Should You Give Your Bearded Dragon a Roomie?
What You Need to Know About Bearded Dragon Cohabitation
If you hop on to any reptile owner forum or online community, you will see a lot of questions about bearded dragons cohabitating. Can baby bearded dragons live together? What about siblings? Can females share the same enclosure?
There is no single, absolute answer to this question: All bearded dragons are unique, and in some rare cases, they may tolerate sharing their enclosure with another similarly-sized dragon. But before you eagerly introduce your dragons to a shared space, there are some facts—and words of caution—you should consider.
Bearded dragons like to be alone. While you might think it would feel lonely to spend all day by yourself in an enclosure, we promise you that your pet doesn’t feel this way. In the wild, bearded dragons are solitary creatures. Their health and well-being doesn’t depend on socialization and interaction with other dragons. This is why they usually do better when they have their enclosure all to themselves.
Bearded dragons—especially males—are territorial. It goes without saying that two adult male bearded dragons should never be placed in a shared enclosure. This would spark aggressive—and potentially dangerous or fatal—battles over the territory. In some cases, it is possible that two females could live harmoniously, as well as a male and a female (though remember that they would likely reproduce).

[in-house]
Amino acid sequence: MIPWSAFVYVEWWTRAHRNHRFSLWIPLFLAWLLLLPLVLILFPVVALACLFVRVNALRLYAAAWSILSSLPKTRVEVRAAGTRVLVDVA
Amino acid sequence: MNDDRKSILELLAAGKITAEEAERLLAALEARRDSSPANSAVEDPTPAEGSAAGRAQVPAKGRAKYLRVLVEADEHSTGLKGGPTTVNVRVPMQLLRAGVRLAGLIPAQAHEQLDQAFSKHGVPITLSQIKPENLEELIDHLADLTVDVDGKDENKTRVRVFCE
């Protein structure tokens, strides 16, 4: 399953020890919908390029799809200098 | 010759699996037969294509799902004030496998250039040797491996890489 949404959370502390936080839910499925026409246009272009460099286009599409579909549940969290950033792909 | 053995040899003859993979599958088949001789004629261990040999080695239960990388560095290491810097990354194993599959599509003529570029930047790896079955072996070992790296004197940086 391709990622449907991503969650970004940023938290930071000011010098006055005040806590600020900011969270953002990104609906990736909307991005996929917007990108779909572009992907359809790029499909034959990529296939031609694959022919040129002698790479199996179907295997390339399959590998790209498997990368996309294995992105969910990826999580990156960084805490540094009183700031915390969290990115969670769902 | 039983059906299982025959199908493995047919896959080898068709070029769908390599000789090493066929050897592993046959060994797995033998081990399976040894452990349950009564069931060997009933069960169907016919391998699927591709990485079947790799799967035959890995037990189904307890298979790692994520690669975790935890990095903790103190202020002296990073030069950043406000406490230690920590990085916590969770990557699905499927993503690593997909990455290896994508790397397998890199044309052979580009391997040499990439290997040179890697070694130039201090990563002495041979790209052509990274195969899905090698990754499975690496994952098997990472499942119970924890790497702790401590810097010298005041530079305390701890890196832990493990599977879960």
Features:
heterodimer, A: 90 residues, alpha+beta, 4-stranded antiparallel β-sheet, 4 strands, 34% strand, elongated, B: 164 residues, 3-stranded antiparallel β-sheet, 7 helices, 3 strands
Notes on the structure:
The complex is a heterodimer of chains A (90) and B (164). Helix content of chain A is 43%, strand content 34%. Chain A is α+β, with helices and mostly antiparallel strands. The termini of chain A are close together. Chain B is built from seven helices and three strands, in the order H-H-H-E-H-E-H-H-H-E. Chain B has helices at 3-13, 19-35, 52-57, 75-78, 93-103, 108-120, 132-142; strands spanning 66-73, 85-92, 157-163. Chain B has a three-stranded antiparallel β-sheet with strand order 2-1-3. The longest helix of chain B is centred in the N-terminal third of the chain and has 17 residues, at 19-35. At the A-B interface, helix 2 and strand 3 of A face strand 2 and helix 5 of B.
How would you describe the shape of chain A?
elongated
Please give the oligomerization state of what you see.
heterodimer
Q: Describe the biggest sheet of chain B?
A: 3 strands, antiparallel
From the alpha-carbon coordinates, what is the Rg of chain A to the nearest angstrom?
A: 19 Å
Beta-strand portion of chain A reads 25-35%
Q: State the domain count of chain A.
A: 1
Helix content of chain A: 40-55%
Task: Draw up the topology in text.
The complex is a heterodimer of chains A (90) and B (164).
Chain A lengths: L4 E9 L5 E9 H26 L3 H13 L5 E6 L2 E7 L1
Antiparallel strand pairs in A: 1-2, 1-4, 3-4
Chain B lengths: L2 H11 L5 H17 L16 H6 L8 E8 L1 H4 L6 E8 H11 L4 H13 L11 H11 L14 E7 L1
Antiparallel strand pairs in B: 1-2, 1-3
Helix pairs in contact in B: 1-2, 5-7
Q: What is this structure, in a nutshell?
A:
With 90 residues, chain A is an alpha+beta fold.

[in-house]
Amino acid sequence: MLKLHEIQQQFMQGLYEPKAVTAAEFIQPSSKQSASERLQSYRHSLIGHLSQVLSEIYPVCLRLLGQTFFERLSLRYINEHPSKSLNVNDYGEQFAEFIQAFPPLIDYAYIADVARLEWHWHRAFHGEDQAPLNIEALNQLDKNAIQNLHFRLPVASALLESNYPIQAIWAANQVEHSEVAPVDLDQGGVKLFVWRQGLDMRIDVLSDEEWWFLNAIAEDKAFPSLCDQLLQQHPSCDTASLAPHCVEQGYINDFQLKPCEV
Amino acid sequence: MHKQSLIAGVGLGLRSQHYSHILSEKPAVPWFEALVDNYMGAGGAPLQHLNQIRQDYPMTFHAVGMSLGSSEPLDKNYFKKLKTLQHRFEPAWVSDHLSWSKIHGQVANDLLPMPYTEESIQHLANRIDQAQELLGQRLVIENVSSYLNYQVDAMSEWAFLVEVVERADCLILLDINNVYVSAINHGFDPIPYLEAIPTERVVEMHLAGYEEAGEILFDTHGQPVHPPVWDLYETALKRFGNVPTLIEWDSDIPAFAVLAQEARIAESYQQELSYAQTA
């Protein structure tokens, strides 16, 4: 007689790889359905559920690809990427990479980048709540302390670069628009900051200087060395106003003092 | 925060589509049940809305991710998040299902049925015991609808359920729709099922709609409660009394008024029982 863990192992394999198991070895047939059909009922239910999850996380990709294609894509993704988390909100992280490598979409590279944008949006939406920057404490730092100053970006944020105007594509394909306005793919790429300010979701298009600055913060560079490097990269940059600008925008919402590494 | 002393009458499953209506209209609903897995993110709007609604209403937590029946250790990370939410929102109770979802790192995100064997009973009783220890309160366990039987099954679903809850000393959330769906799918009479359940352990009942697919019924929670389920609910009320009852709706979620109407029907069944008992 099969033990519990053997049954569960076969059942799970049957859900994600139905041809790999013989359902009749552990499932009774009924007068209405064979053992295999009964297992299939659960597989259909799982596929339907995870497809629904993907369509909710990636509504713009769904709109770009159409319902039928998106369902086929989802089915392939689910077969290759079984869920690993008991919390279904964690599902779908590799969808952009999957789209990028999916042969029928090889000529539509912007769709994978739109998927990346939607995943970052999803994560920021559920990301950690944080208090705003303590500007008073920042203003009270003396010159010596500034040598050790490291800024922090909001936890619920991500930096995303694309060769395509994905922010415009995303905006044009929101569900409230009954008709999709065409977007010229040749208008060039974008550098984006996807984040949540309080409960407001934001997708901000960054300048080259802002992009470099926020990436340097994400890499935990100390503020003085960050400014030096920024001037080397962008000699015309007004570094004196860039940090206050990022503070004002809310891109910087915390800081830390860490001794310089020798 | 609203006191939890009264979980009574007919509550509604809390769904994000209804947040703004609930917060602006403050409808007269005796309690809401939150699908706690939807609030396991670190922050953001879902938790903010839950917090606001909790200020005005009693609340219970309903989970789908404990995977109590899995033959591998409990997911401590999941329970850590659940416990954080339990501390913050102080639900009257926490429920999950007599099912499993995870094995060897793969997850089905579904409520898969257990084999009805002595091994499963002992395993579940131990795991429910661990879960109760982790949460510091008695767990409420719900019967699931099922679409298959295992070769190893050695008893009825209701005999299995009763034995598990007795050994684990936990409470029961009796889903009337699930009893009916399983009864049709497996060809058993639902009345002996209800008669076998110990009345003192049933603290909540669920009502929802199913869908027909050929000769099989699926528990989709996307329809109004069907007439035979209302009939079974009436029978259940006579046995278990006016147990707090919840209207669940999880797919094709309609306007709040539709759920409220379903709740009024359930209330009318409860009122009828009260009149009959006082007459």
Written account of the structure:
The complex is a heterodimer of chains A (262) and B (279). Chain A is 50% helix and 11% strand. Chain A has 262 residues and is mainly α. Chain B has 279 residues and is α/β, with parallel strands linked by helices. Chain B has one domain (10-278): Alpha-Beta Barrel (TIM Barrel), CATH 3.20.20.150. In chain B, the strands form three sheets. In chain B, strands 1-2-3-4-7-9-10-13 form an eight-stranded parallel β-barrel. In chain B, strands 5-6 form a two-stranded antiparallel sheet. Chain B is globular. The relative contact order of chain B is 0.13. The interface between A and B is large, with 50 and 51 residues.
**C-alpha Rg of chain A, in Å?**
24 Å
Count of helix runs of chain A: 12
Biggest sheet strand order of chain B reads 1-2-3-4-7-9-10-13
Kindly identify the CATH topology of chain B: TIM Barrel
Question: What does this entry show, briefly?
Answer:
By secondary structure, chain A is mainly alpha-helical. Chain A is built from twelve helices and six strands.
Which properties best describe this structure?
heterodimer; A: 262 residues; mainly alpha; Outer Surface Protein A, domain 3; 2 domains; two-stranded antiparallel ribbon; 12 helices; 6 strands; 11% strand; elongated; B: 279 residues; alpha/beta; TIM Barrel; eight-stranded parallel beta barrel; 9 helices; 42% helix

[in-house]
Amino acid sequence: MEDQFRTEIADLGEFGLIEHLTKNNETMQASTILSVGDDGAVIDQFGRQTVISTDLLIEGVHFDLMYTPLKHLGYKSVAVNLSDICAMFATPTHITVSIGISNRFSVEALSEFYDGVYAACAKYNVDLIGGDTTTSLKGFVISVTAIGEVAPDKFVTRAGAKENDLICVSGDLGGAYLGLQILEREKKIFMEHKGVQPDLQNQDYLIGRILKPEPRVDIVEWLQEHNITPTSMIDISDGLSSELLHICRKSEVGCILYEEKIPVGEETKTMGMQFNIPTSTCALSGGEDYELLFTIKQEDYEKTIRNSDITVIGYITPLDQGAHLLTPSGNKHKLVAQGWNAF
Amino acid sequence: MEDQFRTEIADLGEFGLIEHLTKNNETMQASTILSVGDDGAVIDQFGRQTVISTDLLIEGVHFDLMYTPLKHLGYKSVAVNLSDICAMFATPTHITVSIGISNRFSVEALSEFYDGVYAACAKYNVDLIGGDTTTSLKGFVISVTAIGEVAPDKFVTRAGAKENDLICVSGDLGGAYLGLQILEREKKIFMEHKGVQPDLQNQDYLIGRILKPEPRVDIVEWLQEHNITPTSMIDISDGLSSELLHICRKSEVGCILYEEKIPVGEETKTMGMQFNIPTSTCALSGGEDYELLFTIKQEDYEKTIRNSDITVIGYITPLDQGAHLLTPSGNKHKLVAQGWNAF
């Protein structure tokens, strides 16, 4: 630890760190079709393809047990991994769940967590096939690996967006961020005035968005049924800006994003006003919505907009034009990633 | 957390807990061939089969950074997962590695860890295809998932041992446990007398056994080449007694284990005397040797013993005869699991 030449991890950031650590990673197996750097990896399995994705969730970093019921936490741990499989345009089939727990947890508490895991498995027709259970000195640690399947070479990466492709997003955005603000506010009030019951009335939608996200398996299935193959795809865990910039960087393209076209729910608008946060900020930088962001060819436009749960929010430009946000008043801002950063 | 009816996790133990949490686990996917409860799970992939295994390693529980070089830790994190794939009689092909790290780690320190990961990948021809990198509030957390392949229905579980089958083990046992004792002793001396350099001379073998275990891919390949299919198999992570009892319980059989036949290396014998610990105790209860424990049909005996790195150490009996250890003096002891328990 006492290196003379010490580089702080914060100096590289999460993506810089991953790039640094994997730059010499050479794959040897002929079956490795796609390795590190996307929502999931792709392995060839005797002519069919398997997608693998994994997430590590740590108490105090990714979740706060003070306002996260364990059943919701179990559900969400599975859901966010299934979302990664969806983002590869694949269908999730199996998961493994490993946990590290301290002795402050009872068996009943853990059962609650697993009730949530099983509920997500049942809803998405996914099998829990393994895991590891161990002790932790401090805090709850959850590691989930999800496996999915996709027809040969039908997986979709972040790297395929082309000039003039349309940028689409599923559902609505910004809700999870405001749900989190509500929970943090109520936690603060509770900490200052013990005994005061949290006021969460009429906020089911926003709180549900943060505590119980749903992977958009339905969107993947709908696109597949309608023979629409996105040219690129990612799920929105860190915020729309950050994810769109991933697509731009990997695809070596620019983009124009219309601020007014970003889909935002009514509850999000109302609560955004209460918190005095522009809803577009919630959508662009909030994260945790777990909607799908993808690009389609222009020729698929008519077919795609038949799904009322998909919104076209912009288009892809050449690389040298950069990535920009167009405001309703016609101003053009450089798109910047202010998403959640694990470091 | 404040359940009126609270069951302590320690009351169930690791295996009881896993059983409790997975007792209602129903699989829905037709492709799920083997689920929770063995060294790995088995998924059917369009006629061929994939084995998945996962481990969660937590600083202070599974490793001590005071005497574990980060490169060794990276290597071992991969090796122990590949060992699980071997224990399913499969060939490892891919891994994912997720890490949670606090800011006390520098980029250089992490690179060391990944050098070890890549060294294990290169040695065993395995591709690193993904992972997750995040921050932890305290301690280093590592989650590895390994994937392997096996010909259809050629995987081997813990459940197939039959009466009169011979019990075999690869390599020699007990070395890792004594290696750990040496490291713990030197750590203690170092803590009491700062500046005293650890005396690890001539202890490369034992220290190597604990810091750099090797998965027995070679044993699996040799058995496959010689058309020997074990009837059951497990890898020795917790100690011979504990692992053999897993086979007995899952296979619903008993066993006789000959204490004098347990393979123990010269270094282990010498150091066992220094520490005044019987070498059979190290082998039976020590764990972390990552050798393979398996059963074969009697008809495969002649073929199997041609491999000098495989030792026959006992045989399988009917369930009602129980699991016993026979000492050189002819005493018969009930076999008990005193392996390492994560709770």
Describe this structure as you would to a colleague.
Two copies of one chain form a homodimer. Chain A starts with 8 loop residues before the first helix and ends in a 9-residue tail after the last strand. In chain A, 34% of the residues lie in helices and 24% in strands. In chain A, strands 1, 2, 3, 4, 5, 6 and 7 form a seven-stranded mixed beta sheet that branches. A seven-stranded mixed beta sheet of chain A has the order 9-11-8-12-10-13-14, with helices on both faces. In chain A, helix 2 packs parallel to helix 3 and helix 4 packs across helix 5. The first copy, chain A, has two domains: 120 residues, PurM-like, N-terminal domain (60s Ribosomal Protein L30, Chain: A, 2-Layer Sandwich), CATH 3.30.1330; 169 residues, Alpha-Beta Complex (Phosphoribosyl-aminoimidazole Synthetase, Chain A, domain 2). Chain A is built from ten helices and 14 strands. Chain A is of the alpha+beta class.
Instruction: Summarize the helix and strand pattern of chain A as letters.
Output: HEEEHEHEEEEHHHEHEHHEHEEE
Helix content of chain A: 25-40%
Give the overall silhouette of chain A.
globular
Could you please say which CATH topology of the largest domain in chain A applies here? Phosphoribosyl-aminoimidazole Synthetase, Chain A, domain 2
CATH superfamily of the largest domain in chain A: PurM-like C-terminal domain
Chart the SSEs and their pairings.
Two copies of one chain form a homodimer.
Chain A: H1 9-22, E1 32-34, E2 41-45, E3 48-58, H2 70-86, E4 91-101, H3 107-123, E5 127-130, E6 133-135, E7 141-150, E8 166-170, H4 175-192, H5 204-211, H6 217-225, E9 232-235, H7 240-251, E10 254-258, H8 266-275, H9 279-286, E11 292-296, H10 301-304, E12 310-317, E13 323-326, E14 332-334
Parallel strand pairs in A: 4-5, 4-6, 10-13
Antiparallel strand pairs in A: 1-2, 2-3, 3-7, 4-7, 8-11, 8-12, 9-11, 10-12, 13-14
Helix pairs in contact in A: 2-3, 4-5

Bearded dragons are prone to stress. Think of how you’d feel if you were happily living alone for months and then a new roommate was dropped in your apartment without warning. Even if your bearded dragon doesn’t exhibit territorial behavior, it may experience feelings of stress and displacement that can affect their appetite and overall well-being.
Any cohabitating dragons should be similar in size. If you are set on testing a shared living situation for two or more dragons, make sure they do not differ in size. An adult bearded dragon could potentially injure or kill a younger and much smaller beardy. They could also dominate access to the food and basking lamps, making it harder for a younger dragon to get the nutrients they need to thrive.
So what’s the bottom line?
While in some rare cases, two or more dragons may be able to successfully share a space, we don’t recommend it. When bearded dragons live alone, they are safe, content, and able to thrive. When they are put in a shared space, the risks increase greatly: You may witness aggressive and territorial behavior and a fight for dominance—and the likelihood of injury to your pets.
When caring for multiple bearded dragons, it may be tempting to want to house them in a shared space. However, we advise protecting the health and well-being of your dragons by making sure you have a separate, safe, and adequate enclosure for each pet.